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5 Things Every Family with a Minor Loved One with Special Needs Should Know

If you have a loved one with special needs, you undoubtedly want that individual to enjoy every available benefit -- and not to be unnecessarily held back in any way. But the truth is that people with special needs are often placed in a position that does limit their ability to enjoy simultaneously the benefits of family wealth and the benefits of government assistance.

However, with the proper planning, your loved can enjoy access to family assets and assistance programs such as Supplemental Security Income. Here are five things every family with a minor loved one with special needs should know.

1. Know exactly what you're dealing with and how failing to plan can cause problems for you and your loved one.

Special needs planning is very tricky and technical, and the first step is to understand that there could be problems on the horizon and that now is the time to formulate a plan. Failing to plan could result in loss of your loved one's benefits; minimized access to family assets; and family disputes.

2. Identify a trusted individual who might need to step in as successor or guardian.

Life can be unpredictable, and it's important to plan for the unexpected, especially when your goal is to provide for a loved one with special needs. Identifying a trusted successor or guardian can help your family avoid confusion and uncertainty, as well as provide you with peace of mind. You can know that someone you trust will be there for your loved one. After you speak with that trusted individual, it's important to update your estate planning documents to reflect your decision.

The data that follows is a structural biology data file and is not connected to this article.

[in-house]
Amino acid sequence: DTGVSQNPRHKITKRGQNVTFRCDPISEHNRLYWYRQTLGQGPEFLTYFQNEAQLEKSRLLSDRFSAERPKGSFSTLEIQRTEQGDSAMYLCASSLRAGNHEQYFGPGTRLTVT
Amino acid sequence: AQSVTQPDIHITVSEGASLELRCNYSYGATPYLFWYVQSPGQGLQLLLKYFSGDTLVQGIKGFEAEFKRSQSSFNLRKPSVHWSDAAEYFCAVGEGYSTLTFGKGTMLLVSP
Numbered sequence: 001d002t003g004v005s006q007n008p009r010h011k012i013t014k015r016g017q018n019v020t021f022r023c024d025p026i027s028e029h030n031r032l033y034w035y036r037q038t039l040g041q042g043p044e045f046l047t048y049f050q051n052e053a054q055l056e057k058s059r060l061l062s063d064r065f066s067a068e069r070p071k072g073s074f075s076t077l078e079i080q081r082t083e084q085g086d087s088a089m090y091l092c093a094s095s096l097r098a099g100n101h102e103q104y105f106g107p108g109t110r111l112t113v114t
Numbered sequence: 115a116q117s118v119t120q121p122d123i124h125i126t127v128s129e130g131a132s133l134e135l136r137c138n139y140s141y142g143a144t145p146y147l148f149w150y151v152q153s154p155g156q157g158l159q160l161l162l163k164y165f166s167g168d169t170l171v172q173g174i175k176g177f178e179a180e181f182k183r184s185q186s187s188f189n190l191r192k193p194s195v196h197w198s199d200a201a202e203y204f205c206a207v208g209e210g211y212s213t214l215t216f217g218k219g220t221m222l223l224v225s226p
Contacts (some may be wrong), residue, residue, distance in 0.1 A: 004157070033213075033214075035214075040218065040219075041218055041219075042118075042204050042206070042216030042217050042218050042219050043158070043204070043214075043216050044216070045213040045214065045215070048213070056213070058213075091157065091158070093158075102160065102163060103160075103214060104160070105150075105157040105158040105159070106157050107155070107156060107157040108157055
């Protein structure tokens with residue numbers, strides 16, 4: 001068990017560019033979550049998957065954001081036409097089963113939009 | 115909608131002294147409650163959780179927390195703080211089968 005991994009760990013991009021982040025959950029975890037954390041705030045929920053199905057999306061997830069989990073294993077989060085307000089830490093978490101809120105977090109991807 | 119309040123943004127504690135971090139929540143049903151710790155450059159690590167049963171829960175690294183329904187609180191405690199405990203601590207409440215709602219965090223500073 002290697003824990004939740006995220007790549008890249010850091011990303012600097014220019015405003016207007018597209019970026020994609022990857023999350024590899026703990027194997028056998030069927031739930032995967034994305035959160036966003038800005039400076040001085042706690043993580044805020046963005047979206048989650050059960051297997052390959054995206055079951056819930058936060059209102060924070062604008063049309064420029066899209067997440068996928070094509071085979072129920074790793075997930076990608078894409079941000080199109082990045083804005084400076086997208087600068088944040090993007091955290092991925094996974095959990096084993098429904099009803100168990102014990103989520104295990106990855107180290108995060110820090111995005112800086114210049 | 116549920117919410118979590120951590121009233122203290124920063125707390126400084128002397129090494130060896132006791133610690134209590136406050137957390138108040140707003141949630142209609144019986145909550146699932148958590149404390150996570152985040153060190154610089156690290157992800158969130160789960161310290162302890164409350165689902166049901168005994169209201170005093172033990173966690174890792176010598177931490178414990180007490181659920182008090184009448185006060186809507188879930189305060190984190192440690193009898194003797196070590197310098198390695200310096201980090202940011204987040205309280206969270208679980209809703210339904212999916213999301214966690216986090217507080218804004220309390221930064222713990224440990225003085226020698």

3. If you need to establish guardianship, do so before your loved one turns 18.

Even when family members have the best intentions for their loved one, the process of establishing guardianship can quickly become adversarial after the loved one becomes a legal adult. By establishing guardianship sooner rather than later, you can help your family avoid conflict and confusion.

4. Consider getting all assets, including inheritance, out of your loved one's name.

There are multiple reasons to do this. If an individual with special needs owns significant assets, he or she likely will not qualify for Supplemental Security Income or other government benefits. And there may be a risk of the assets being unwisely spent or even stolen. If you have these concerns, talk to an estate planning lawyer about an effective strategy for transferring assets.

5. Consider the benefits of forming a special needs trust and perhaps funding it with an insurance product.

When assets are held in a special needs trust, the beneficiary can benefit from the trust while still qualifying for government assistance. However, it's important to consider the source of the assets; who controls them; and what the assets are for.

To learn more about these matters, please see our estate planning and elder law website. Our firm is honored to provide educational and estate planning services to individuals and families in the Dallas-Fort Worth metro area and all of Oklahoma.

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